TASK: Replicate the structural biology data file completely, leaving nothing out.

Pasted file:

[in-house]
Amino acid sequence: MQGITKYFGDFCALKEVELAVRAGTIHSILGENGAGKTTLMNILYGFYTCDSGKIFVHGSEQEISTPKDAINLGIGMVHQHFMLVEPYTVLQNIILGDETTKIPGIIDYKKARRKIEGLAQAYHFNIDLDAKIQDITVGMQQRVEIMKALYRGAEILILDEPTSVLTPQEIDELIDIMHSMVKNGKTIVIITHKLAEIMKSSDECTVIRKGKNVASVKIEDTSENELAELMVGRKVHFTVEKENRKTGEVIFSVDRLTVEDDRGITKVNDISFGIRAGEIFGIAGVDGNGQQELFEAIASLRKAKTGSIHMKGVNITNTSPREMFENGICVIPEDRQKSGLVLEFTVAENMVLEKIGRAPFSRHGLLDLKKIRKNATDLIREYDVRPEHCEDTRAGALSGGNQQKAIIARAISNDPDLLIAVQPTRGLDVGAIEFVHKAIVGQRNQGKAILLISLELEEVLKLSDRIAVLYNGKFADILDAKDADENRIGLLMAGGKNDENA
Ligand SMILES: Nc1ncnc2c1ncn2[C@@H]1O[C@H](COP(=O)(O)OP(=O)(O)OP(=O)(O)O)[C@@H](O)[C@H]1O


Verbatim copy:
[in-house]
Amino acid sequence: MQGITKYFGDFCALKEVELAVRAGTIHSILGENGAGKTTLMNILYGFYTCDSGKIFVHGSEQEISTPKDAINLGIGMVHQHFMLVEPYTVLQNIILGDETTKIPGIIDYKKARRKIEGLAQAYHFNIDLDAKIQDITVGMQQRVEIMKALYRGAEILILDEPTSVLTPQEIDELIDIMHSMVKNGKTIVIITHKLAEIMKSSDECTVIRKGKNVASVKIEDTSENELAELMVGRKVHFTVEKENRKTGEVIFSVDRLTVEDDRGITKVNDISFGIRAGEIFGIAGVDGNGQQELFEAIASLRKAKTGSIHMKGVNITNTSPREMFENGICVIPEDRQKSGLVLEFTVAENMVLEKIGRAPFSRHGLLDLKKIRKNATDLIREYDVRPEHCEDTRAGALSGGNQQKAIIARAISNDPDLLIAVQPTRGLDVGAIEFVHKAIVGQRNQGKAILLISLELEEVLKLSDRIAVLYNGKFADILDAKDADENRIGLLMAGGKNDENA
Ligand SMILES: Nc1ncnc2c1ncn2[C@@H]1O[C@H](COP(=O)(O)OP(=O)(O)OP(=O)(O)O)[C@@H](O)[C@H]1O